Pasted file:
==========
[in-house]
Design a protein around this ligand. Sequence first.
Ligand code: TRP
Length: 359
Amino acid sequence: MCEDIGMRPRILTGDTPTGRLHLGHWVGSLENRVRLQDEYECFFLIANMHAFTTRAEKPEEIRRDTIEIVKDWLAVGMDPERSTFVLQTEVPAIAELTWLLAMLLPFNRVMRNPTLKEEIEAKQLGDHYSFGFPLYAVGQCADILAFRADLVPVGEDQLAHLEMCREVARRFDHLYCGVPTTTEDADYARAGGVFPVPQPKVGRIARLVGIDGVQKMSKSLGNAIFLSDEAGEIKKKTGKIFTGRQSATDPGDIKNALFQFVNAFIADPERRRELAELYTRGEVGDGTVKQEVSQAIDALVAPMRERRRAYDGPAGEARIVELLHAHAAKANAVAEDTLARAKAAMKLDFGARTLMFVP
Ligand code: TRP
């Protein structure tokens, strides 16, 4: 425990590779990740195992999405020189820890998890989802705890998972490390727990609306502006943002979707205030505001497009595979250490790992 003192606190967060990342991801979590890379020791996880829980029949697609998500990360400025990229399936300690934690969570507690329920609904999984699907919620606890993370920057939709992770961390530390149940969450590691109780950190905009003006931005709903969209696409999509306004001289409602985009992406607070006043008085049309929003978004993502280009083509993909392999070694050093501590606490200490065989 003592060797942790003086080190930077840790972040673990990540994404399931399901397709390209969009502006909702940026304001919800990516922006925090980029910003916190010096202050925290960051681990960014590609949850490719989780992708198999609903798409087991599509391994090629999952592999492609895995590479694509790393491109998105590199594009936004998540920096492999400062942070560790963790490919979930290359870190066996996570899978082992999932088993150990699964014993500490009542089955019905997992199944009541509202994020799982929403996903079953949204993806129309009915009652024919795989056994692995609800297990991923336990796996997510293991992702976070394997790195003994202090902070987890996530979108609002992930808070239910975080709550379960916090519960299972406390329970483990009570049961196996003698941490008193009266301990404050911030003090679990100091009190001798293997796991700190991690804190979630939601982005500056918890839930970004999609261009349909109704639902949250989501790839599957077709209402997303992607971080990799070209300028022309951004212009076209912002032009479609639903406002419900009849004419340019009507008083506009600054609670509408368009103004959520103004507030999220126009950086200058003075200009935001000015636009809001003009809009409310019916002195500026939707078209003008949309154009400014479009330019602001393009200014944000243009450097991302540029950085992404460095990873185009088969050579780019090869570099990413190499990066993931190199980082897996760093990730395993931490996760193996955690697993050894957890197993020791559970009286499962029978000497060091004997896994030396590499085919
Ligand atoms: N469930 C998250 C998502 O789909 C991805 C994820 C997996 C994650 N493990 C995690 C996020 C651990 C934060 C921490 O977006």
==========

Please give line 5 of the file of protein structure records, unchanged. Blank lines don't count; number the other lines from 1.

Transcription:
Amino acid sequence: MCEDIGMRPRILTGDTPTGRLHLGHWVGSLENRVRLQDEYECFFLIANMHAFTTRAEKPEEIRRDTIEIVKDWLAVGMDPERSTFVLQTEVPAIAELTWLLAMLLPFNRVMRNPTLKEEIEAKQLGDHYSFGFPLYAVGQCADILAFRADLVPVGEDQLAHLEMCREVARRFDHLYCGVPTTTEDADYARAGGVFPVPQPKVGRIARLVGIDGVQKMSKSLGNAIFLSDEAGEIKKKTGKIFTGRQSATDPGDIKNALFQFVNAFIADPERRRELAELYTRGEVGDGTVKQEVSQAIDALVAPMRERRRAYDGPAGEARIVELLHAHAAKANAVAEDTLARAKAAMKLDFGARTLMFVP